My upcoming adventures

Ice Fishing Derby

dsc_0168

I’ll be volunteering at the Saratoga Ice Fishing Derby this weekend. It’s a fun event with many cash prizes. The top trout of every hour gets a prize. There’s additionally three tagged fish that are worth big bucks!

Last year the Saratoga Platte Valley Chamber of Commerce, with the Silver Spur Ranch, also introduced the sucker skirmish. People got prizes for catching the biggest sucker. The suckers are an invasive species in Saratoga Lake, so this new objective had two benefits. The person who caught it could win a cash prize, and the lake was losing some of the suckers. This year, the Chamber and Silver Spur are taking it a step further. The person who catches the most suckers on Saturday will win $150. The most on Sunday will win $100.

You can still register for the event here! The event is on Saturday from 7 am to 5 pm and Sunday 7 am to 2 pm. The entry for adults is $35 and $10 for children.

Bighorn Sheep Capture

dsc_0260

I’ll be joining Wyoming Game and Fish for their capturing of Bighorn Sheep near the Encampment River. I took part in the activities last winter and have been invited again this year. It’s a great experience to see them capture the Bighorn ewes, collect samples and put collars on them. They’ll watch their movements to see where they go to forage throughout all seasons of the year. Game and Fish will also compare the data of this herd with others in Wyoming.

 

What I’m watching

Here’s a video on another capture, this one for mule deer.

mule deer capture

Weekly Review: January 4th

Federal Government Shutdown Impacts Wyoming Sites.

Several federal sites, parks and landmarks throughout Wyoming closed or have limited services. This is due to the partial federal government shutdown, which began on December 21, 2018.

National sites are seeing limited access, services, emergency personnel and ranger-led tours. While the shutdown is closing some national sites, Yellow Stone National Park and Grand Teton National Park remain open.

Yellowstone National Park:

Yellowstone remains open, but, all government-run operations and facilities closed. Entrance stations are not staffed. Park staff are providing emergency services and law enforcement. All park regulations, including those on snow travel, are in effect as normal.

The road from the park’s North Entrance at Gardiner, Montana is open to wheeled vehicle travel. Visitors can access all the commercial services along this route. This includes commercial services in Mammoth Hot Springs and Tower.

Visitors can also access commercial services in the interior of the park via over snow travel. Concessioners are currently providing funding for road grooming so that over snow access to the interior is possible. If conditions become unsafe at any time, roads and/or developed areas in the park may close.

For the most current information on services offered by Yellowstone National Park Lodges, visit www.yellowstonenationalparklodges.com or call 307-344-7311.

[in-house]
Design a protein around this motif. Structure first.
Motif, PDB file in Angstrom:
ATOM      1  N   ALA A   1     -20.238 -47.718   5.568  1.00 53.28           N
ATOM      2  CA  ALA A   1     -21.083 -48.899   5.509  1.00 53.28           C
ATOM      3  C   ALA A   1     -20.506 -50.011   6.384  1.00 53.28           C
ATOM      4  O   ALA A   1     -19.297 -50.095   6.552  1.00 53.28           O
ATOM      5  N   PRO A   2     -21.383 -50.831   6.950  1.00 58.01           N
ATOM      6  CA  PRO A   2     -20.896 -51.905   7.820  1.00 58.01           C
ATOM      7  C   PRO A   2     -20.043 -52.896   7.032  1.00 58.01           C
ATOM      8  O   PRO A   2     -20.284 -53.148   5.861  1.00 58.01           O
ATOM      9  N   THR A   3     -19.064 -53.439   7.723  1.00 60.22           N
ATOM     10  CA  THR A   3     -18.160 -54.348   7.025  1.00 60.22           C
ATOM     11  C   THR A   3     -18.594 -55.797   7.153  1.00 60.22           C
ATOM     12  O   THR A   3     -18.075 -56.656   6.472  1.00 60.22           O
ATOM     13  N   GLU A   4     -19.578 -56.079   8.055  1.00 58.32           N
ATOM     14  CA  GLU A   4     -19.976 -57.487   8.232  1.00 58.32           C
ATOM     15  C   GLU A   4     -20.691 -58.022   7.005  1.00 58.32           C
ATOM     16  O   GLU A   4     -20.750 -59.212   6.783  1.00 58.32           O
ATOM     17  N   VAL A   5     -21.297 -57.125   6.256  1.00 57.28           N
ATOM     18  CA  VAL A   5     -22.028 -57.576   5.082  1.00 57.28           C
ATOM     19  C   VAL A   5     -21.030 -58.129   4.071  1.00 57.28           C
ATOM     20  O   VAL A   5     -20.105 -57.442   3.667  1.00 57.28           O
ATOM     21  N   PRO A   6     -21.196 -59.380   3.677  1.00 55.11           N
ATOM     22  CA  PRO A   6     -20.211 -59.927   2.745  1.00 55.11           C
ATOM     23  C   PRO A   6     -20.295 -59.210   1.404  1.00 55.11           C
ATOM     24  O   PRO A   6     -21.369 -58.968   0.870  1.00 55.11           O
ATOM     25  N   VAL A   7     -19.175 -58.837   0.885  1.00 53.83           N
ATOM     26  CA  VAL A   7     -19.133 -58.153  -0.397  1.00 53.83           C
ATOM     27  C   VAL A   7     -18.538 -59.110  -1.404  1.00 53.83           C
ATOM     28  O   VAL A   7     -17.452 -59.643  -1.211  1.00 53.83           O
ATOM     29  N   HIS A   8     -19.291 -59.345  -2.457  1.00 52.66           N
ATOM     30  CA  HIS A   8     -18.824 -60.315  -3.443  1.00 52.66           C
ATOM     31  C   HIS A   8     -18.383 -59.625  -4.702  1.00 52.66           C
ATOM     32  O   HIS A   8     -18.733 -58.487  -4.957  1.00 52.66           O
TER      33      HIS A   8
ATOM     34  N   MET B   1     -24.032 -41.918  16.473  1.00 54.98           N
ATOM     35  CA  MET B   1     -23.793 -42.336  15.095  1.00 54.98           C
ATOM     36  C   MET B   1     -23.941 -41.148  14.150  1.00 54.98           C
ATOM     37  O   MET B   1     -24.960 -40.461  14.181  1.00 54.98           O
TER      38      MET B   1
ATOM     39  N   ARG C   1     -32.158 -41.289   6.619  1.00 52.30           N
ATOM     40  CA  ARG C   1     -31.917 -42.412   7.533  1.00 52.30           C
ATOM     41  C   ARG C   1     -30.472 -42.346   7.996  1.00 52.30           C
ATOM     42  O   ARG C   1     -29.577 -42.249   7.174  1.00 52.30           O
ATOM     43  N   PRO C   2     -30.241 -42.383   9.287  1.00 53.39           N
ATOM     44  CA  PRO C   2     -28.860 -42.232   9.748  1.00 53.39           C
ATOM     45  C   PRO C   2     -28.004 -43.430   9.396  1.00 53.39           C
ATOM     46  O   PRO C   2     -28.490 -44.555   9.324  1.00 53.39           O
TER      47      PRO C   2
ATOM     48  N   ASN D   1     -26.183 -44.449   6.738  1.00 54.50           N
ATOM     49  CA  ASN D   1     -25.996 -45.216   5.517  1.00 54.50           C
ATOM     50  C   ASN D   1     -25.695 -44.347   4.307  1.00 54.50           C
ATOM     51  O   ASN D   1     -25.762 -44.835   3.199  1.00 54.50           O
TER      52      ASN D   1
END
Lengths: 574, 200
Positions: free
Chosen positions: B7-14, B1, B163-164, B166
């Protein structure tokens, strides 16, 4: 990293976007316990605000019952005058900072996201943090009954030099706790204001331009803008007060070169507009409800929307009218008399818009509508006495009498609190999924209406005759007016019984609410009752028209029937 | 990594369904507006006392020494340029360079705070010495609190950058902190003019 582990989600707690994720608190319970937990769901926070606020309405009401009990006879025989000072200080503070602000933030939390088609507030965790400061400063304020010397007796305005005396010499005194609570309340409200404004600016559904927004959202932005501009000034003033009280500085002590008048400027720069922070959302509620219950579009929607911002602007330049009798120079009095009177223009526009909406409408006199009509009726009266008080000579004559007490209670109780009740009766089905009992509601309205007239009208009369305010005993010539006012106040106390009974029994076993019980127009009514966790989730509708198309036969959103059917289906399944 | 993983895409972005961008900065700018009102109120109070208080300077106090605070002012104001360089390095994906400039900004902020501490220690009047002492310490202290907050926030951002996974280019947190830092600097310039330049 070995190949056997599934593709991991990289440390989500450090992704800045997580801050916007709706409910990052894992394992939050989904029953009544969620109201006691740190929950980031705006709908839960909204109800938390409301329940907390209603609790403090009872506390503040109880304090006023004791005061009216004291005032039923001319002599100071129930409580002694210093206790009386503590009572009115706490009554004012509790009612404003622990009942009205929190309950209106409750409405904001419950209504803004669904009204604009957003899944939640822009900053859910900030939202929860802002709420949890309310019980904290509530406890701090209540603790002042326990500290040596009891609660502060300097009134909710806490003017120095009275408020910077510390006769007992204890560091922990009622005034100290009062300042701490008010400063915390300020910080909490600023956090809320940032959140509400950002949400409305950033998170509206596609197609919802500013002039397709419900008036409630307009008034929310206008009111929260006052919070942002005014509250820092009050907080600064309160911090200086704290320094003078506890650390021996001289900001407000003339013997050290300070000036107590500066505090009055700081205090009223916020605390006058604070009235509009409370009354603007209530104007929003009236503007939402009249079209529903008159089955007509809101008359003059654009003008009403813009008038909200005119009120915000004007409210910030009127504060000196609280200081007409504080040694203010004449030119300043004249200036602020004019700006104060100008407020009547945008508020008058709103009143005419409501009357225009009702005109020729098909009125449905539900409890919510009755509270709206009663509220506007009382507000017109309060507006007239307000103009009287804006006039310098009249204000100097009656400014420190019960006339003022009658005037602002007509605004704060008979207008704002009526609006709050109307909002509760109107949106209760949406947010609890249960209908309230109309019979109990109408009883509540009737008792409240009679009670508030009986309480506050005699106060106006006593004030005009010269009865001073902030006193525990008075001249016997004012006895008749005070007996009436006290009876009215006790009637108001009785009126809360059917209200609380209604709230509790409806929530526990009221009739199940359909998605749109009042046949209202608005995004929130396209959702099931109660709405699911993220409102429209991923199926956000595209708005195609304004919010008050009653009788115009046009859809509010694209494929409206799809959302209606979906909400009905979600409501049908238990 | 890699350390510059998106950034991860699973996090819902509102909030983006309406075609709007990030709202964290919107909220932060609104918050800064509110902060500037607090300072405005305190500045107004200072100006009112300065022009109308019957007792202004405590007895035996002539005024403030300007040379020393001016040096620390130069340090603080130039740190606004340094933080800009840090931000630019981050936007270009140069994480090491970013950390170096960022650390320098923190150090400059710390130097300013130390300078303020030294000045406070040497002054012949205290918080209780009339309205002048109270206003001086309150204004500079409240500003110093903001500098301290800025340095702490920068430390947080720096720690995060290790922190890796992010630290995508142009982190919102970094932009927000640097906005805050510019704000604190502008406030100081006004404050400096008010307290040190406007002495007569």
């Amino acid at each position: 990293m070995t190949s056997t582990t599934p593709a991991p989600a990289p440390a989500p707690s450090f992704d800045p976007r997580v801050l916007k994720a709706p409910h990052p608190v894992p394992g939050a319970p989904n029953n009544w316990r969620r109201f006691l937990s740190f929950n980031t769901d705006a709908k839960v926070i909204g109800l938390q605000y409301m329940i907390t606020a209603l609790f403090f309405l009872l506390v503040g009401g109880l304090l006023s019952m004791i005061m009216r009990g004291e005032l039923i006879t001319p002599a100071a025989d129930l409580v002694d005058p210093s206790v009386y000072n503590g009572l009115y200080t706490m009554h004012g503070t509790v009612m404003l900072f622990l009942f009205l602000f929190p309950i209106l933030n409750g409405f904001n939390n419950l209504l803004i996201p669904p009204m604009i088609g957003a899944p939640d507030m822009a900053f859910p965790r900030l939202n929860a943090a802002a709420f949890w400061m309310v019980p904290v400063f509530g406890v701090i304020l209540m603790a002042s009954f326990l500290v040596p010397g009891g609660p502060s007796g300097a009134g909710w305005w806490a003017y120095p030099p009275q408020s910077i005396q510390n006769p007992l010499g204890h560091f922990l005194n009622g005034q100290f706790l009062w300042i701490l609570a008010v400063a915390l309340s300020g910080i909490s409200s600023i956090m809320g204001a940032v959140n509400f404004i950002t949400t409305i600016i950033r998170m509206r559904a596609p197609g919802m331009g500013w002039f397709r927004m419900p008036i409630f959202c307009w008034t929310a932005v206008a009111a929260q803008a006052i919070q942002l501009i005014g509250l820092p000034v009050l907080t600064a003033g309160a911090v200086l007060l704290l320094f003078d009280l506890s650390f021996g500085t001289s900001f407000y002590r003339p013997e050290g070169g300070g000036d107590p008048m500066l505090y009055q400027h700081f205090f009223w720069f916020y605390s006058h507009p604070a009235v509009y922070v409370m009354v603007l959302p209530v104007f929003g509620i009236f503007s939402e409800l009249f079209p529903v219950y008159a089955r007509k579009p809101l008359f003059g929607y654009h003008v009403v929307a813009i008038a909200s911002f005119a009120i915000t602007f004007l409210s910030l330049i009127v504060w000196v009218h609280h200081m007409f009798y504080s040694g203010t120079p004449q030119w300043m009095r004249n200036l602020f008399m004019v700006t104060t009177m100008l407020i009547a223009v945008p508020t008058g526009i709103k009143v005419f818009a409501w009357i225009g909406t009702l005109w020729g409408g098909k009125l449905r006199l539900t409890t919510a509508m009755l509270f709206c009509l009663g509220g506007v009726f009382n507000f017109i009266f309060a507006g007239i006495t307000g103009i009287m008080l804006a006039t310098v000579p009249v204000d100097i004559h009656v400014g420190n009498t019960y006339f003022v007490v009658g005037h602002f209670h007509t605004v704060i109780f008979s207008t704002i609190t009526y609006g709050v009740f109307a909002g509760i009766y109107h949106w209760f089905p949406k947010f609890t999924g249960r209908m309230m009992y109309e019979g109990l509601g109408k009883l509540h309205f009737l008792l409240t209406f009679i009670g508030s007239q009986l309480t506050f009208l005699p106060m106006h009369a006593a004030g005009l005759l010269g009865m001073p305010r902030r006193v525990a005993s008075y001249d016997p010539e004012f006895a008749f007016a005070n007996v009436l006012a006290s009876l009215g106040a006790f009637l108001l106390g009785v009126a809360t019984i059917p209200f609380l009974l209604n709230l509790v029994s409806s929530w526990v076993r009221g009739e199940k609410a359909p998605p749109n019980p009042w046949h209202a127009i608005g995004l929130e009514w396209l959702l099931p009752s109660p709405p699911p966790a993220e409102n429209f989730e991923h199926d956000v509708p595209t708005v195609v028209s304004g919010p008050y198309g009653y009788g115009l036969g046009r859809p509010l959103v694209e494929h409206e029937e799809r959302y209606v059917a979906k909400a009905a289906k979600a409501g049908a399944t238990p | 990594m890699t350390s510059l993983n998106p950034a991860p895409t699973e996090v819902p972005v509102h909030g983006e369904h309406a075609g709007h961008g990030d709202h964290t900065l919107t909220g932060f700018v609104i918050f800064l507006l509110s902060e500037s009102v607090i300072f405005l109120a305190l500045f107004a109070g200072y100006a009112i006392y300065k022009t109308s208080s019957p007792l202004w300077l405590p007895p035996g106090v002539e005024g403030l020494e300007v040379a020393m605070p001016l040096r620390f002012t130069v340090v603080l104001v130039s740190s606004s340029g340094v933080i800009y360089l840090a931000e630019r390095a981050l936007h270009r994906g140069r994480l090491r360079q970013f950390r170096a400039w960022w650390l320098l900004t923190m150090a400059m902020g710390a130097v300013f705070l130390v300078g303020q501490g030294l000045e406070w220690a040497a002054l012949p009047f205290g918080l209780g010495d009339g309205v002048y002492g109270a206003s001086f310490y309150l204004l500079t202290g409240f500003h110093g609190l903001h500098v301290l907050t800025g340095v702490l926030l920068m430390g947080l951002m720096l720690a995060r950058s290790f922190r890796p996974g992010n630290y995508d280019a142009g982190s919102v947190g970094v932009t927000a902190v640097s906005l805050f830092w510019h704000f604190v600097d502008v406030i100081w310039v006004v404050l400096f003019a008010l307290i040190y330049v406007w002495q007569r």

Grand Teton National Park:

Entrance gates are open, but not staffed. Visitors can access the park with no visitor services available. Ranger-led snowshoe hikes are not available.

 

While you can still access the national parks in Wyoming, it doesn’t necessarily mean you should. I haven’t heard about how the closures are affecting parks in Wyoming. I have heard, however, that toilets are overflowing at Joshua Tree and litter is gathering in Yosemite. Visitors are venturing off roads and trails, causing serious damage to delicate ecosystems in Death Valley.

If you do go camping in a national park during the shut, bring a trash bag and your own toilet paper. Do your part to help out in the absence of employees.

 

Bighorn Canyon National Recreation Area:

All park facilities (restrooms, visitor centers, etc.) are currently closed. Visitor access to recreation areas, trails and fishing on the area’s waterway remain open.

 

Devils Tower National Monument:

Access is unavailable.

 

Fossil Butte National Monument:

Facilities closed.

 

Fort Laramie National Historic Site:

All fenced facilities closed.

 

National Elk Refuge:

Sleigh ride tours on the National Elk Refuge through Double H Bar continue as scheduled. For more information on ticket sales and services, please call the Jackson Hole Chamber of Commerce at 307-733-3316.

Federal employees tell visitors to Wyoming’s national sites to practice caution. They should follow all safety protocol on national lands as the shutdown has limited emergency services.

 

Wyoming State Parks remain open and unaffected, with abundant recreation options.

 

The Government Shutdown in General

President Donald Trump announced a partial government shutdown 14 days ago on December 22nd. This was after Democrats rejected his demand for 5 billion dollars in wall funding. Democrats and Republicans have reached a stalemate with disputes on border security and wall funding.

Bipartisan congressional leaders headed to the White House this morning. They planned on talking on how to end the partial government shutdown. Lawmakers are looking to break a stalemate over Trump’s demand for five billion dollars to build his proposed border wall. The two major parties stand far from a deal on border security as many federal works face missed paychecks.

Democrats passed bills Thursday evening to reopen nine federal governments. This was one of their first acts in their new House majority. Their plan does not call for the money for Trump’s wall. Eight of those departments would get funding through September 30th. The Department of Homeland Security would reopen through February 8th. Because the measures don’t include money for Trump’s border wall, he has vowed not to sign the spending packages.